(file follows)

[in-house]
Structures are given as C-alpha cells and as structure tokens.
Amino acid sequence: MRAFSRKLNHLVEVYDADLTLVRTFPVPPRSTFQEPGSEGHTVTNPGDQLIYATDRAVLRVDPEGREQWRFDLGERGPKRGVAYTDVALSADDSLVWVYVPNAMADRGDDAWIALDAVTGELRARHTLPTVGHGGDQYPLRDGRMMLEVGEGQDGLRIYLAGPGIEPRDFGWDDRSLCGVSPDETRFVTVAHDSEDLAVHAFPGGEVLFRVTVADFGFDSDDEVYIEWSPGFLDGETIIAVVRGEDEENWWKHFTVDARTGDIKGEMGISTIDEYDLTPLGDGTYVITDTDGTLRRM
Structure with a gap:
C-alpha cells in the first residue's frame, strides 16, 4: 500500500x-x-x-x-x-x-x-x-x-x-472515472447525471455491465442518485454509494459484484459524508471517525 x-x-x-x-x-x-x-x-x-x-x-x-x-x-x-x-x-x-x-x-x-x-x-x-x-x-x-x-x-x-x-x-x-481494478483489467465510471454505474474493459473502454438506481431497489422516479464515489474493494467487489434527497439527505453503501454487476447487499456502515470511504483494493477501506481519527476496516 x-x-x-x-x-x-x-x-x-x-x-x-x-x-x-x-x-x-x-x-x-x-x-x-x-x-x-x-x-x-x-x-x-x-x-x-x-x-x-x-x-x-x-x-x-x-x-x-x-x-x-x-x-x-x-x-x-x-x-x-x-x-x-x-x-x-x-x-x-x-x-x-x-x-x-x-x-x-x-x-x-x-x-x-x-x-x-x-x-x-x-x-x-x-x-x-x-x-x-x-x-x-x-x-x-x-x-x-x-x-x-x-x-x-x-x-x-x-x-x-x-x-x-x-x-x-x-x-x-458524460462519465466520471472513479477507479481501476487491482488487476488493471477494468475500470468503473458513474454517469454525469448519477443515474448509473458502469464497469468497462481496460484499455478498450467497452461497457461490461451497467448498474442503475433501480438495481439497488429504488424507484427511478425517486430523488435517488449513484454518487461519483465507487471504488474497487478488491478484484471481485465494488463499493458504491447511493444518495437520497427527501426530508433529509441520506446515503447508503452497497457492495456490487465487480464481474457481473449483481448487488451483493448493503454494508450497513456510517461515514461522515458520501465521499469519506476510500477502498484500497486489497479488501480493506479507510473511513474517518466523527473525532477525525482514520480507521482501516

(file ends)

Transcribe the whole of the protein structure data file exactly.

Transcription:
[in-house]
Structures are given as C-alpha cells and as structure tokens.
Amino acid sequence: MRAFSRKLNHLVEVYDADLTLVRTFPVPPRSTFQEPGSEGHTVTNPGDQLIYATDRAVLRVDPEGREQWRFDLGERGPKRGVAYTDVALSADDSLVWVYVPNAMADRGDDAWIALDAVTGELRARHTLPTVGHGGDQYPLRDGRMMLEVGEGQDGLRIYLAGPGIEPRDFGWDDRSLCGVSPDETRFVTVAHDSEDLAVHAFPGGEVLFRVTVADFGFDSDDEVYIEWSPGFLDGETIIAVVRGEDEENWWKHFTVDARTGDIKGEMGISTIDEYDLTPLGDGTYVITDTDGTLRRM
Structure with a gap:
C-alpha cells in the first residue's frame, strides 16, 4: 500500500x-x-x-x-x-x-x-x-x-x-472515472447525471455491465442518485454509494459484484459524508471517525 x-x-x-x-x-x-x-x-x-x-x-x-x-x-x-x-x-x-x-x-x-x-x-x-x-x-x-x-x-x-x-x-x-481494478483489467465510471454505474474493459473502454438506481431497489422516479464515489474493494467487489434527497439527505453503501454487476447487499456502515470511504483494493477501506481519527476496516 x-x-x-x-x-x-x-x-x-x-x-x-x-x-x-x-x-x-x-x-x-x-x-x-x-x-x-x-x-x-x-x-x-x-x-x-x-x-x-x-x-x-x-x-x-x-x-x-x-x-x-x-x-x-x-x-x-x-x-x-x-x-x-x-x-x-x-x-x-x-x-x-x-x-x-x-x-x-x-x-x-x-x-x-x-x-x-x-x-x-x-x-x-x-x-x-x-x-x-x-x-x-x-x-x-x-x-x-x-x-x-x-x-x-x-x-x-x-x-x-x-x-x-x-x-x-x-x-x-458524460462519465466520471472513479477507479481501476487491482488487476488493471477494468475500470468503473458513474454517469454525469448519477443515474448509473458502469464497469468497462481496460484499455478498450467497452461497457461490461451497467448498474442503475433501480438495481439497488429504488424507484427511478425517486430523488435517488449513484454518487461519483465507487471504488474497487478488491478484484471481485465494488463499493458504491447511493444518495437520497427527501426530508433529509441520506446515503447508503452497497457492495456490487465487480464481474457481473449483481448487488451483493448493503454494508450497513456510517461515514461522515458520501465521499469519506476510500477502498484500497486489497479488501480493506479507510473511513474517518466523527473525532477525525482514520480507521482501516